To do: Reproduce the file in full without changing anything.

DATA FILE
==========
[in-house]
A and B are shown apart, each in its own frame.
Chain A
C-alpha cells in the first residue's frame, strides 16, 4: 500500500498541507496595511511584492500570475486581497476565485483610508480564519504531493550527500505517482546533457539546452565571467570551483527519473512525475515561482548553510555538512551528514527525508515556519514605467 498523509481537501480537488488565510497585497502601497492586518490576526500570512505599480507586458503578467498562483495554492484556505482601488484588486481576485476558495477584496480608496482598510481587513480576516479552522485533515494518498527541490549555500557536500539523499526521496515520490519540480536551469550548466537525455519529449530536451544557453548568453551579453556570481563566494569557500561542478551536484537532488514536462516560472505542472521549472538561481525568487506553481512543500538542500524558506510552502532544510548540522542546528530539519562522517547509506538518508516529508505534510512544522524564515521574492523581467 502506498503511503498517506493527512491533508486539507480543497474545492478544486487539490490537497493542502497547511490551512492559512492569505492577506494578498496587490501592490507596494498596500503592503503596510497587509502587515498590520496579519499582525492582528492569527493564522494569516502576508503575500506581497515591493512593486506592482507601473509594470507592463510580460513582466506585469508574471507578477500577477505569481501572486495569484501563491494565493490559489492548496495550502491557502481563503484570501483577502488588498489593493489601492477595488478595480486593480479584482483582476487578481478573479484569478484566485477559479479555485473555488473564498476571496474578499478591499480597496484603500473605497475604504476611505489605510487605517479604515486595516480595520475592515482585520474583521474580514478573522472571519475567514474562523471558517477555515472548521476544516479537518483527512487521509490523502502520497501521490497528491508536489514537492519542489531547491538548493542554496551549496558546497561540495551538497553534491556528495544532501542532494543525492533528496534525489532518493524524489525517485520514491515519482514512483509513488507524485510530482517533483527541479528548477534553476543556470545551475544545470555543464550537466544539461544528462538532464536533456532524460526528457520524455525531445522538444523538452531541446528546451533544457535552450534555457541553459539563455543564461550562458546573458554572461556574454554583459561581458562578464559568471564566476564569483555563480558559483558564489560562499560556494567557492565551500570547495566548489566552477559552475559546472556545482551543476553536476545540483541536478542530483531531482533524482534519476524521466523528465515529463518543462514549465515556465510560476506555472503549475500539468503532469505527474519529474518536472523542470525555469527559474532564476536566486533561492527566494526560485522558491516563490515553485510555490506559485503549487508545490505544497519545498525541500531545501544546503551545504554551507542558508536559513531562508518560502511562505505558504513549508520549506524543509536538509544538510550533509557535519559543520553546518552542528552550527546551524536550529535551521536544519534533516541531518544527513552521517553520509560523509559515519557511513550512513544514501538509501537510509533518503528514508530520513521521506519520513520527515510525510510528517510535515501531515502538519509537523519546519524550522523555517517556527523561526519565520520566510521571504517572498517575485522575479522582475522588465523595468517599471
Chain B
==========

[in-house]
A and B are shown apart, each in its own frame.
Chain A
C-alpha cells in the first residue's frame, strides 16, 4: 500500500498541507496595511511584492500570475486581497476565485483610508480564519504531493550527500505517482546533457539546452565571467570551483527519473512525475515561482548553510555538512551528514527525508515556519514605467 498523509481537501480537488488565510497585497502601497492586518490576526500570512505599480507586458503578467498562483495554492484556505482601488484588486481576485476558495477584496480608496482598510481587513480576516479552522485533515494518498527541490549555500557536500539523499526521496515520490519540480536551469550548466537525455519529449530536451544557453548568453551579453556570481563566494569557500561542478551536484537532488514536462516560472505542472521549472538561481525568487506553481512543500538542500524558506510552502532544510548540522542546528530539519562522517547509506538518508516529508505534510512544522524564515521574492523581467 502506498503511503498517506493527512491533508486539507480543497474545492478544486487539490490537497493542502497547511490551512492559512492569505492577506494578498496587490501592490507596494498596500503592503503596510497587509502587515498590520496579519499582525492582528492569527493564522494569516502576508503575500506581497515591493512593486506592482507601473509594470507592463510580460513582466506585469508574471507578477500577477505569481501572486495569484501563491494565493490559489492548496495550502491557502481563503484570501483577502488588498489593493489601492477595488478595480486593480479584482483582476487578481478573479484569478484566485477559479479555485473555488473564498476571496474578499478591499480597496484603500473605497475604504476611505489605510487605517479604515486595516480595520475592515482585520474583521474580514478573522472571519475567514474562523471558517477555515472548521476544516479537518483527512487521509490523502502520497501521490497528491508536489514537492519542489531547491538548493542554496551549496558546497561540495551538497553534491556528495544532501542532494543525492533528496534525489532518493524524489525517485520514491515519482514512483509513488507524485510530482517533483527541479528548477534553476543556470545551475544545470555543464550537466544539461544528462538532464536533456532524460526528457520524455525531445522538444523538452531541446528546451533544457535552450534555457541553459539563455543564461550562458546573458554572461556574454554583459561581458562578464559568471564566476564569483555563480558559483558564489560562499560556494567557492565551500570547495566548489566552477559552475559546472556545482551543476553536476545540483541536478542530483531531482533524482534519476524521466523528465515529463518543462514549465515556465510560476506555472503549475500539468503532469505527474519529474518536472523542470525555469527559474532564476536566486533561492527566494526560485522558491516563490515553485510555490506559485503549487508545490505544497519545498525541500531545501544546503551545504554551507542558508536559513531562508518560502511562505505558504513549508520549506524543509536538509544538510550533509557535519559543520553546518552542528552550527546551524536550529535551521536544519534533516541531518544527513552521517553520509560523509559515519557511513550512513544514501538509501537510509533518503528514508530520513521521506519520513520527515510525510510528517510535515501531515502538519509537523519546519524550522523555517517556527523561526519565520520566510521571504517572498517575485522575479522582475522588465523595468517599471
Chain B